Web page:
Winning Women – Lindiwe Shibambo: Looking out for the help

2014-02-02 14:00

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Lindiwe Shibambo took one of the most miserable experiences one could have and turned it to her advantage.

She has not had an easy life. When her close friends went to university, she had to work as a maid. Using her struggles as a springboard, she has since started a small business that is growing bigger by the day.

She launched Maid4U in 2007. Since then, she has placed 1?000 women in jobs and has another 5?000 on her books waiting for positions.

She has a strict screening process and runs security checks on all her domestic workers, which include investigating for possible criminal records, taking fingerprints, and checking IDs and passports.

“I want to empower women who have very little direction in their own lives and who are often abused,” says Shibambo, who concentrates on employing women from rural areas, enabling them to move out of poverty by equipping them with skills and training.

She recently graduated from the Goldman Sachs 10?000 Women Programme at the Gordon Institute of Business Science, her latest achievement in an interesting life filled with daunting hurdles.

Shibambo was one of seven children born to an assistant book-keeper mother in Soshanguve township near Pretoria.

Her mother functioned as a single parent, “because my father, although he had a brilliant mind, never had a job in his life”, says Shibambo, her bright, lively face bearing not a shred of resentment. “But as young girls, we were traumatised by his inability to get up in the morning and seek work. We sometimes failed at school because we were so hungry that we couldn’t concentrate.”

In spite of this, she got a good matric, but there was no money for tertiary education and she became a domestic worker in Sunnyside, Pretoria, washing dishes while her friends were at university.

She saved enough money to pay for registration for a degree in internal auditing at the Tshwane University of Technology and successfully applied for a bursary that included residential fees.

When she was shown her “own room with my own bed that I did not have to share with five others”, she cried with joy.

The following year, she ensured that she was elected to the Students’ Representative Council with its attendant perks of free housing, meal vouchers, transport and tuition fees. Her lively mind soon identified the need for a ATM on campus “to save students from being preyed on by criminals”, so she approached First National Bank.

The bank was so thrilled by her initiative that it promised her a job once she’d qualified. Sitting in the bank’s canteen during her breaks, she was soon pestered with requests from colleagues who needed domestic workers.

They assumed that the former township dweller would know lots of women who would be willing. She began to connect her past and current worlds by placing domestic workers as a sideline business.

She worked as a corporate-actions specialist at the JSE for HSBC from 2008 to 2012, earning good money.

She was happily married with a baby when she realised how hard it was to find a good domestic worker. “I hired and fired 12 in three years. I suddenly realised what a need there was for appropriately trained women.”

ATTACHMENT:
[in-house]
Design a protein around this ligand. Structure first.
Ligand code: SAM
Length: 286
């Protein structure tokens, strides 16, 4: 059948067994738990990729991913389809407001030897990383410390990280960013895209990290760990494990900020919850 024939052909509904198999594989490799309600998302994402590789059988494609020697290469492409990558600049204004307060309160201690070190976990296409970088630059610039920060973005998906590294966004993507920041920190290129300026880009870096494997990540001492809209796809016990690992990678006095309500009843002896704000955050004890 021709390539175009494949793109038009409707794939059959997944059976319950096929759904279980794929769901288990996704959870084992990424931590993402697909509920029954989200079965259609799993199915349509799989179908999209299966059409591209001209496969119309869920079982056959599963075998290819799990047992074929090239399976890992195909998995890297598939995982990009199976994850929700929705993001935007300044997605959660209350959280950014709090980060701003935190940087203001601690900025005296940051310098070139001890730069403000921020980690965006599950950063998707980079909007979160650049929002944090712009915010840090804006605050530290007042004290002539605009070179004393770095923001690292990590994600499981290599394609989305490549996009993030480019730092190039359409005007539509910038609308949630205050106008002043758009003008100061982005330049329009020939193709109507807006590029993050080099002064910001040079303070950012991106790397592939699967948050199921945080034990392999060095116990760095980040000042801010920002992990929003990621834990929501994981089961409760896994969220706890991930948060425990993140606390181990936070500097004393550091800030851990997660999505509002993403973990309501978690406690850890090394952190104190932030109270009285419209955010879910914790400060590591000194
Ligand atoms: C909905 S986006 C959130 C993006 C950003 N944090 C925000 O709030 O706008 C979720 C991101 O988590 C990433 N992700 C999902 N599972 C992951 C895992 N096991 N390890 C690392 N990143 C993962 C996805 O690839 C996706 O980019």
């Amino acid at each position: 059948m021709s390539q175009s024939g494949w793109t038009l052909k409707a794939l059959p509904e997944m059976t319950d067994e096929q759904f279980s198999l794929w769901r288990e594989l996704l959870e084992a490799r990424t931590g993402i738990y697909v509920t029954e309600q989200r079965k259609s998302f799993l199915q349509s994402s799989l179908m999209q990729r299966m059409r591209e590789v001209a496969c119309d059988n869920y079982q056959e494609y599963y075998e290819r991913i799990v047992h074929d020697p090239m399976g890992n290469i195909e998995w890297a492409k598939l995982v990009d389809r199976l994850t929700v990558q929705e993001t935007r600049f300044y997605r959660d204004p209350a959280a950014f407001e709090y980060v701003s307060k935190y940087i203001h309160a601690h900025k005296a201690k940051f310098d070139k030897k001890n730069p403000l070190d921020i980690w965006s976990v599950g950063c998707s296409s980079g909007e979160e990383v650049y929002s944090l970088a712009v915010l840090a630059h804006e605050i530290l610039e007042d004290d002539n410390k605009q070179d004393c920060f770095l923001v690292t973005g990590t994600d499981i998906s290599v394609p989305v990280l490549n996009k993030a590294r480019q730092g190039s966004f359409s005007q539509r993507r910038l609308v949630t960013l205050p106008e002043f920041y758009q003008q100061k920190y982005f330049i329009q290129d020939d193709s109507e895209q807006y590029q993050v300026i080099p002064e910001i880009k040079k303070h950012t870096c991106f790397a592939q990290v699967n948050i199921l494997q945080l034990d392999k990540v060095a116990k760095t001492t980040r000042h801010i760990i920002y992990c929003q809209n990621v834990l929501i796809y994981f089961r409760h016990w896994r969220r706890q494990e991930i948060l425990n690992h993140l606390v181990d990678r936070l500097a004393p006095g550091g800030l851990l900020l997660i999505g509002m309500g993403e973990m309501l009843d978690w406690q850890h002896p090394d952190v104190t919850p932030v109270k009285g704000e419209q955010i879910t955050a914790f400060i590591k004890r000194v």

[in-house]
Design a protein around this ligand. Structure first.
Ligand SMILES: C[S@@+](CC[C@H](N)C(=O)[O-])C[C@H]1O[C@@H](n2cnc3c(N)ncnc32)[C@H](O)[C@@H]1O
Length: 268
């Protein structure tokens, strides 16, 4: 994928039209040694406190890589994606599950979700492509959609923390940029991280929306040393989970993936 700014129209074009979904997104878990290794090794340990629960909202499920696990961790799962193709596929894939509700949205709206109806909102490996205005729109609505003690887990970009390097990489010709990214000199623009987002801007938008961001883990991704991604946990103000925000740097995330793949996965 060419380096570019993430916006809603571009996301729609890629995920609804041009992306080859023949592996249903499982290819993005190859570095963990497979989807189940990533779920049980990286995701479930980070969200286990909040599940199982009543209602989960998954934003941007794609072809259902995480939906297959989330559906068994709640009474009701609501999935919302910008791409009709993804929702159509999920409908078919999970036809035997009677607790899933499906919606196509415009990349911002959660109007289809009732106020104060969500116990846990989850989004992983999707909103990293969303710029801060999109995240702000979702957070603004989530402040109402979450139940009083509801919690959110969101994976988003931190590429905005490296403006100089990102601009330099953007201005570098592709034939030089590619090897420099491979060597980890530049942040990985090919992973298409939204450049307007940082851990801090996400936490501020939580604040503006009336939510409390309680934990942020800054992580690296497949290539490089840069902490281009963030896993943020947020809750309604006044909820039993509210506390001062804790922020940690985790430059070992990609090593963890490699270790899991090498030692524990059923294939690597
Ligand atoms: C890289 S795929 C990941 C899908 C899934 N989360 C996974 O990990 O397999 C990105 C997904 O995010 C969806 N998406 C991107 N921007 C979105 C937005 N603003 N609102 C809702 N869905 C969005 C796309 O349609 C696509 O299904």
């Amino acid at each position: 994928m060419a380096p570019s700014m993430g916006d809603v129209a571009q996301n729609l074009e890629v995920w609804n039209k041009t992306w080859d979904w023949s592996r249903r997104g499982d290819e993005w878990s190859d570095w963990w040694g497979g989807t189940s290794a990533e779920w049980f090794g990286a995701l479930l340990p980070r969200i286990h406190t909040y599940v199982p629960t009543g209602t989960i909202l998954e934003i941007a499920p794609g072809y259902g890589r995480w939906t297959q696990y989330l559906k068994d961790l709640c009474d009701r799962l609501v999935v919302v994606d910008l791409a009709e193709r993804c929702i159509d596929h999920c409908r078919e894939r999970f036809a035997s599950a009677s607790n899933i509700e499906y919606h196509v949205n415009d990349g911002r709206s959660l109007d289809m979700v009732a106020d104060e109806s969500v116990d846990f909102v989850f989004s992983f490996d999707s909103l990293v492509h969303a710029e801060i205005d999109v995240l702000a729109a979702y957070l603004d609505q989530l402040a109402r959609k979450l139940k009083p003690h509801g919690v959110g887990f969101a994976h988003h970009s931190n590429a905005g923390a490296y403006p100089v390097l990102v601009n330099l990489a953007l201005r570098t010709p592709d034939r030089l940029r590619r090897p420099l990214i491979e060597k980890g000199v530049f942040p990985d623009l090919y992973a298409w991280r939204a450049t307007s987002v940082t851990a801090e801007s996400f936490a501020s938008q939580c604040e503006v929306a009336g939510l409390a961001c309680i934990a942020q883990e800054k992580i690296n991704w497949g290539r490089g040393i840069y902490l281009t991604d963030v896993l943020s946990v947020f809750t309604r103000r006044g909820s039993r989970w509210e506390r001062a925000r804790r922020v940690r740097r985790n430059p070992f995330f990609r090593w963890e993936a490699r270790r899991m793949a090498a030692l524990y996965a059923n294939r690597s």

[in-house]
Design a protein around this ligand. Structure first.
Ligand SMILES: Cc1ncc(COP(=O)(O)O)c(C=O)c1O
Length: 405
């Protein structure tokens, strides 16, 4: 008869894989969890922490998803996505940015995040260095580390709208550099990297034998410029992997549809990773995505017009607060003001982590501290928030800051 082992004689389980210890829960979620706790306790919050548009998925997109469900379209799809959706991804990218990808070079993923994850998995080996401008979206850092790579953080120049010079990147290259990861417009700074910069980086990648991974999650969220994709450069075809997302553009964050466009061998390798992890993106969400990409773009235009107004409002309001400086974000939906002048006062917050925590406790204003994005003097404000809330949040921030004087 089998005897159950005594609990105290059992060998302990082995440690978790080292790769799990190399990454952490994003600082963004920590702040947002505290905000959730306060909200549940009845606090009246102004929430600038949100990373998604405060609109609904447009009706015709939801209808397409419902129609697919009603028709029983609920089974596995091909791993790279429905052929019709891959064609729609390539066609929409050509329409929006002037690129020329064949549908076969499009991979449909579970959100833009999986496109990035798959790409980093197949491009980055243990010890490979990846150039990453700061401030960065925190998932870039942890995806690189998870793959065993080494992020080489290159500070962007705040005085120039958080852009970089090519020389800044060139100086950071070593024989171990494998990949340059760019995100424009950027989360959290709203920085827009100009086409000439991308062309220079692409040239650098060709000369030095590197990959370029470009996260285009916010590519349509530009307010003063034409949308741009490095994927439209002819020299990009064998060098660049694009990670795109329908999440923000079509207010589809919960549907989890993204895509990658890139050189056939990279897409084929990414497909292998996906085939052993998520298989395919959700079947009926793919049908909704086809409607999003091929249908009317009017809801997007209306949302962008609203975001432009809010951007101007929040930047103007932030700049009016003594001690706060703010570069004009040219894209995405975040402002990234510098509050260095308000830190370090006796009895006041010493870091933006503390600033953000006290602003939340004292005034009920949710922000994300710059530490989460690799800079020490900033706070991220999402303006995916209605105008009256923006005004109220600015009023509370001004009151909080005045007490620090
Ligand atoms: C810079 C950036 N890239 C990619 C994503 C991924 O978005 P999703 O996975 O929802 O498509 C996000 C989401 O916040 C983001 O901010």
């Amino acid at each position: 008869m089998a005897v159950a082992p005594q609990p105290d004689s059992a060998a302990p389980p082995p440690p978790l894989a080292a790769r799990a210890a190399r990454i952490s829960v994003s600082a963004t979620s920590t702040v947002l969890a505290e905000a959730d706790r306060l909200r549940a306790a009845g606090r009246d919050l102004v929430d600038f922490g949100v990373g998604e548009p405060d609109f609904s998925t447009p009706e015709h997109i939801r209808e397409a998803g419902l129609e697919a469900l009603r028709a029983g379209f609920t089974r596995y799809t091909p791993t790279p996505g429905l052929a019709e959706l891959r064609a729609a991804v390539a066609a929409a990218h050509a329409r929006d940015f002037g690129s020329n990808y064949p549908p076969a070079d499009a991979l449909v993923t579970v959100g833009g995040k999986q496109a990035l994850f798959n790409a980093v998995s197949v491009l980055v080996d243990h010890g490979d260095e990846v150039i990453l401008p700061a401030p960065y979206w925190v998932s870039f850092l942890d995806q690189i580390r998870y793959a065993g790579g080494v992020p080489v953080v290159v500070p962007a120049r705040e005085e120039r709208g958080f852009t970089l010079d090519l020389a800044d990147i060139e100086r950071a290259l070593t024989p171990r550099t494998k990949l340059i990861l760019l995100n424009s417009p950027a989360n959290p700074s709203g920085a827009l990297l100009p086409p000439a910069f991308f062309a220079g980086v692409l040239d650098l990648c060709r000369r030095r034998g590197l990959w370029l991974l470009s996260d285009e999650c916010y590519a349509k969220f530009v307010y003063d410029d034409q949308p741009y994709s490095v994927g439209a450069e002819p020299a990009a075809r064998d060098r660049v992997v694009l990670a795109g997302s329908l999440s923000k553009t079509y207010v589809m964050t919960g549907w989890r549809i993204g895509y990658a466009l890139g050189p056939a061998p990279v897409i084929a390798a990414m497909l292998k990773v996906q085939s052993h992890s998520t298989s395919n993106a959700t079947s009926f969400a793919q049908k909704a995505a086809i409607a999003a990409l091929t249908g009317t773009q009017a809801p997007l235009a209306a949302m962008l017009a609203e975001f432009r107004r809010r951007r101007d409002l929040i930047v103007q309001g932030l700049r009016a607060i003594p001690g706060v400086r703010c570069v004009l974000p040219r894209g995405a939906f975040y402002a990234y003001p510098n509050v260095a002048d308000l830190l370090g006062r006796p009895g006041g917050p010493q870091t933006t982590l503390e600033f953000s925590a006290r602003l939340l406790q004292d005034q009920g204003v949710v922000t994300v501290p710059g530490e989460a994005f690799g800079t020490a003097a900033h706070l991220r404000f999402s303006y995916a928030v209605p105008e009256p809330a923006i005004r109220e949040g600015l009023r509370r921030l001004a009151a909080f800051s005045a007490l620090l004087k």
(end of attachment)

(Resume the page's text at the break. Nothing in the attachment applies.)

Shibambo approached the department of labour to help her with employment guidelines for domestic workers and for information about their legal rights as well as those of their employers.

She has three offices – in Rivonia, Pretoria North and Centurion. What makes her good at running Maid4U is having experienced first-hand what it is like to clean floors and toilets.

She also knows all about the frustrations involved in hiring someone who is well trained and responsible enough to care for her family when she’s at work.

Her future plans include providing her employees with training in CPR and first aid by paramedics. She wants to ensure that all baby and toddler nannies have training in medical care and can administer medication to their young charges.

Basic literacy will be taught so that the women she places can read clothing-care labels. The new domestic workers will learn how to clean and handle household electronic devices such as irons and vacuum cleaners.

Her workers will be taught about time management and will be given information about personal hygiene.

Shibambo registers her workers with the Unemployment Insurance Fund, and has organised for Standard Bank to teach them basic financial literacy so they understand the intricacies of a provident fund, funeral cover and saving for their children’s education.

In time, Shibambo envisages a large training centre, fully equipped with all the domestic appliances that are found in an average home.

With the help of a Gordon Institute of Business Science mentor, she is already in the process of leasing an appropriate property in Pretoria. “The 10?000 Women course has been hugely helpful in enabling me to restructure my business. Now I hope that the government will play a role in assisting me to equip my centre and in training my applicants.”

Further down the track, she wants to set up a medical aid scheme and a provident fund for domestic workers. “I know I’d have made a lot of money if I had stayed in the banking field, but it’s not as satisfying as this is. “I’m making a difference, I am helping people while running my own business.

“That gives me huge peace of mind.”

»?The next Winning Women dialogue will take place on February 16

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